Scientists are feverishly working trying to predict how, when and where hydrogen embrittlement will take place. The auto industry, among others, is concerned about it. As you probably know, hydrogen-powered vehicles get their energy from a device called a fuel cell. Fuel cells allow hydrogen to combine with oxygen to produce heat and electricity. The only byproducts are heat and water [source: National Renewable Energy Laboratory].
Hydrogen atoms can bore into metal during the manufacturing process, such as when workers chromium-plate car parts, weld parts together, or when metal is milled or pressed. Hydrogen infiltration can also occur when the car is being driven on the road. The atoms saturate metal, seeping into fuel tanks and other components. As a result, car parts such as fuel tanks, fuel cells and ball bearings can fail without warning. The result? Costly repair bills -- and worse [source: Science Daily].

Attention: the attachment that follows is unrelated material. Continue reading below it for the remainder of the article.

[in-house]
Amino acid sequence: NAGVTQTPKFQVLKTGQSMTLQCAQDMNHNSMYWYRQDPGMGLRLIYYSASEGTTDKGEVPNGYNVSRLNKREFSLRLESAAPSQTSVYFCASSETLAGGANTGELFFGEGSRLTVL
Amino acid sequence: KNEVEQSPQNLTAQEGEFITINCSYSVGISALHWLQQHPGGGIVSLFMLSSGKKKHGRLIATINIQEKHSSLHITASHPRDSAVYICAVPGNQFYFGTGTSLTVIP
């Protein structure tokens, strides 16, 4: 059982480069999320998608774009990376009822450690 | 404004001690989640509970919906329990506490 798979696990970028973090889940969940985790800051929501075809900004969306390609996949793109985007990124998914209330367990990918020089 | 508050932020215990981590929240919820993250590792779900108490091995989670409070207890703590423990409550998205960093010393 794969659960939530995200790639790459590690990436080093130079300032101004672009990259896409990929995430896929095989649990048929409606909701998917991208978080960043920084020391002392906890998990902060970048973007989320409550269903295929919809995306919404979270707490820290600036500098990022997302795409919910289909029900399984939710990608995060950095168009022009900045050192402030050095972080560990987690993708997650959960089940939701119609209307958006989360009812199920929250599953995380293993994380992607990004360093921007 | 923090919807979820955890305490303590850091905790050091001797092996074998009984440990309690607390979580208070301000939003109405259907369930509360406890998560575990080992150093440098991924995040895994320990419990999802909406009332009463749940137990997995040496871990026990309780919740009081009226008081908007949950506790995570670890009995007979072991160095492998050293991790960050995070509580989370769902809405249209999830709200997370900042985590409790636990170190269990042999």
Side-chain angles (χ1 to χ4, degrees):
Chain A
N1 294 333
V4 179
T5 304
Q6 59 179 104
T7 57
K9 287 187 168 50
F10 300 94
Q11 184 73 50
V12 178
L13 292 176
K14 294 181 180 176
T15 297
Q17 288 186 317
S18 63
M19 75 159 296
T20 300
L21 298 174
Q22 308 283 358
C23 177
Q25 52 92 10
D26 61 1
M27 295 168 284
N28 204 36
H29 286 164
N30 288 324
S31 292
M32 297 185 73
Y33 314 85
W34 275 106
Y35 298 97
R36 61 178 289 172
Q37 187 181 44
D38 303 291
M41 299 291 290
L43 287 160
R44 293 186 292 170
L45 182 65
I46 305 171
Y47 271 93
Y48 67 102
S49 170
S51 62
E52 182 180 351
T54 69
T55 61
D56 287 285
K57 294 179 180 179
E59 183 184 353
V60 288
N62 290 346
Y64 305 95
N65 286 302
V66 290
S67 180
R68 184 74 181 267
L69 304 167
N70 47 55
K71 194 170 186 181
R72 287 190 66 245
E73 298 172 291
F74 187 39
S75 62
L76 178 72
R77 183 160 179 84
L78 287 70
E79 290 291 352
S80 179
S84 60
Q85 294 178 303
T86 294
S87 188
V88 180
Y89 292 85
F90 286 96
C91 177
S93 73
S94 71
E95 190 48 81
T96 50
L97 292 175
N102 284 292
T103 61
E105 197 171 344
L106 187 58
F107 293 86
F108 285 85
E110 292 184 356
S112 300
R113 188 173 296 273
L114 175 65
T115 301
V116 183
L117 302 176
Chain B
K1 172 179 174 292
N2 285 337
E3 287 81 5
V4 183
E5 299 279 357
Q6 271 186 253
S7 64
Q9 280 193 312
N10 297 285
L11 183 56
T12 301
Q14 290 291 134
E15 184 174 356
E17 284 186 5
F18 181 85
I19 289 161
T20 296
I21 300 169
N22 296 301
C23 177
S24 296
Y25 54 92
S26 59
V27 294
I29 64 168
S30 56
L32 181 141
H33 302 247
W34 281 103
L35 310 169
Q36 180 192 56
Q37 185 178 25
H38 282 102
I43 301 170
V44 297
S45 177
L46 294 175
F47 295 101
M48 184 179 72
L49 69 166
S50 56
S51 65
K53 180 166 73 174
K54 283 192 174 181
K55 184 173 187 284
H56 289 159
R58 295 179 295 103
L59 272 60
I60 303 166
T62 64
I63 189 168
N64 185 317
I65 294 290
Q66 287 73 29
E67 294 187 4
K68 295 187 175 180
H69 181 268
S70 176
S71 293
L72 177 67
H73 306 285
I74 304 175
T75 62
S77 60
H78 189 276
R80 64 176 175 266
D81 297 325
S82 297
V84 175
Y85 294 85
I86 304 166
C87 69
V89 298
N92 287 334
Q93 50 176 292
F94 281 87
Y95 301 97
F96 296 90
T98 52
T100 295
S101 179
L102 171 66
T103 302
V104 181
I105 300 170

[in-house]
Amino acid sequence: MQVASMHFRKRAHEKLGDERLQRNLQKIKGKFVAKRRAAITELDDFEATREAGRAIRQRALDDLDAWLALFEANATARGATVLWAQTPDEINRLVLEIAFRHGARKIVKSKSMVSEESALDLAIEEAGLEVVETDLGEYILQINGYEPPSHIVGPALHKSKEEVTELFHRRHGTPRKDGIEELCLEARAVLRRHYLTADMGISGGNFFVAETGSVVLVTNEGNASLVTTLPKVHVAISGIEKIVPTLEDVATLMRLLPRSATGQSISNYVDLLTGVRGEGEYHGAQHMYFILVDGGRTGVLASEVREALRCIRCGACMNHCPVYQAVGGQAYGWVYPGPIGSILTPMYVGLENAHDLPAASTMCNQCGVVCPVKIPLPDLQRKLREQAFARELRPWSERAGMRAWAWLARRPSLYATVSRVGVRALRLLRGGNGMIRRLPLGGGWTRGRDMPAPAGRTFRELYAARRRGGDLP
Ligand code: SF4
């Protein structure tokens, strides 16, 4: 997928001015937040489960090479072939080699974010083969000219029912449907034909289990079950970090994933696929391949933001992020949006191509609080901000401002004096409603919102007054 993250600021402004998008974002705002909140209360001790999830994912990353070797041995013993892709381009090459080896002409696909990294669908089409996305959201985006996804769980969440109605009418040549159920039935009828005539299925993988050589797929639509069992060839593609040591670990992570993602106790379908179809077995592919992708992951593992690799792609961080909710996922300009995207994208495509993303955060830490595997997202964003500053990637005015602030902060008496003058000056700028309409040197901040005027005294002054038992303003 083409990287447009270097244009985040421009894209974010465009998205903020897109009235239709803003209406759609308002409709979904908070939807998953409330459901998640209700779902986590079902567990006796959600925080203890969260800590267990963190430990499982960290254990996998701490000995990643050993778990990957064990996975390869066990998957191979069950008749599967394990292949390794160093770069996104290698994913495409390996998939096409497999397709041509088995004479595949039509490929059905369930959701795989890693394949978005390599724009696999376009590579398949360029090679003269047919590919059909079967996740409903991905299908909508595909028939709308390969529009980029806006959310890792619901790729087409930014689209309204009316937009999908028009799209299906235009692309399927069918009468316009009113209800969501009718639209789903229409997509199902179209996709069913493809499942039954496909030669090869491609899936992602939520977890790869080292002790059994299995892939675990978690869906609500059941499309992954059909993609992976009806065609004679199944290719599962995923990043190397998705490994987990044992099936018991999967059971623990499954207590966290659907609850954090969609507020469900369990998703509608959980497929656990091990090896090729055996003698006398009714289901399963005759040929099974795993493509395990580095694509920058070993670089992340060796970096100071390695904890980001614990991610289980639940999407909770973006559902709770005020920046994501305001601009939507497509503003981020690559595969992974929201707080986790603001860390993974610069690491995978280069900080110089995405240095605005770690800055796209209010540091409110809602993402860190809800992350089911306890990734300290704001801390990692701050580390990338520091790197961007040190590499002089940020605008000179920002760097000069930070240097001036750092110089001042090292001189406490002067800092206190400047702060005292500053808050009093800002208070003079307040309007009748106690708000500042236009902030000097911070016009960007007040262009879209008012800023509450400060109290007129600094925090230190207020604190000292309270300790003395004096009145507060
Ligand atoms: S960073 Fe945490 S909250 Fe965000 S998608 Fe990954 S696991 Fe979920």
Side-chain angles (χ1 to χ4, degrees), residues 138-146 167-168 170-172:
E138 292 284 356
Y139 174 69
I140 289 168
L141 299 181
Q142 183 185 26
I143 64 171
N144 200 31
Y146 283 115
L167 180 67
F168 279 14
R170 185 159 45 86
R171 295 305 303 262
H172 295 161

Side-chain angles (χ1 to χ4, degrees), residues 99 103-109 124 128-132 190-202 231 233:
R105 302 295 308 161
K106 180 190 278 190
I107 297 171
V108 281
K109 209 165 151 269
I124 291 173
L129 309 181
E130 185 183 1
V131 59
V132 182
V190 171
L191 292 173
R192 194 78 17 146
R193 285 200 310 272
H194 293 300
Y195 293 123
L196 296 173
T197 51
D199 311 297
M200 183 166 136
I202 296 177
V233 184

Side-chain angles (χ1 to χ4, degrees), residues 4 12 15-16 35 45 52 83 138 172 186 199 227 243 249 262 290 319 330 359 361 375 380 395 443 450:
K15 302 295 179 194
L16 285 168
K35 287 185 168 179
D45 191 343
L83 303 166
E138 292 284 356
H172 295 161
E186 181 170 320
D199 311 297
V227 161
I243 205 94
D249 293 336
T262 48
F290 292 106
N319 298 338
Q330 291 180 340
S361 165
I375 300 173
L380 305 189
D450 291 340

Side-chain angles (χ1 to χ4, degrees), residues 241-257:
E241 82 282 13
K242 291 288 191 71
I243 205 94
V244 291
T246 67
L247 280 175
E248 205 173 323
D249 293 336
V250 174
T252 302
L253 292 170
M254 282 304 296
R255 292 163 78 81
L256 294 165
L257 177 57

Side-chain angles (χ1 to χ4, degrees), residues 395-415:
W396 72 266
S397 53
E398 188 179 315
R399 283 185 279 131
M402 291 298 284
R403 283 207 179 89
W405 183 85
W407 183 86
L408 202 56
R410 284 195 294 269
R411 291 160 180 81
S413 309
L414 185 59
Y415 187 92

Don't junk the hydrogen car idea just yet. Researchers in Germany have been studying how hydrogen atoms move through metal. By tracing the route of the atoms, they hope to develop embrittlement-resistant materials that can be used in hydrogen cars. Scientists are also researching ways to stop the embrittlement process by constantly heating the hydrogen atoms that are always on the move [source: Science Daily].
By better understanding how hydrogen atoms go about their destructive business, scientists and engineers are confident they will be able to make onboard fuel tanks and other parts that don't degrade over time [source: Azom.com]. Before you know it, we'll all be driving hydrogen cars.
Author's Note: Does hydrogen destroy metal?
Until I started researching this article, I had no idea that hydrogen, the most abundant element in the universe, was so destructive. Oh sure, I knew the basics of why my beloved 1993 Ford Ranger began to rust — oxygen combined with iron to form iron oxide, and before I knew it, I was scraping and priming and painting. I guess I shouldn't have been surprised to know that hydrogen eats away at metal just as easily. Hydrogen embrittlement is a serious matter, especially when hydrogen is a key component in solving our fuel needs and helping the planet. Hopefully, scientists will be able to figure out a cost-effective solution to the problem.
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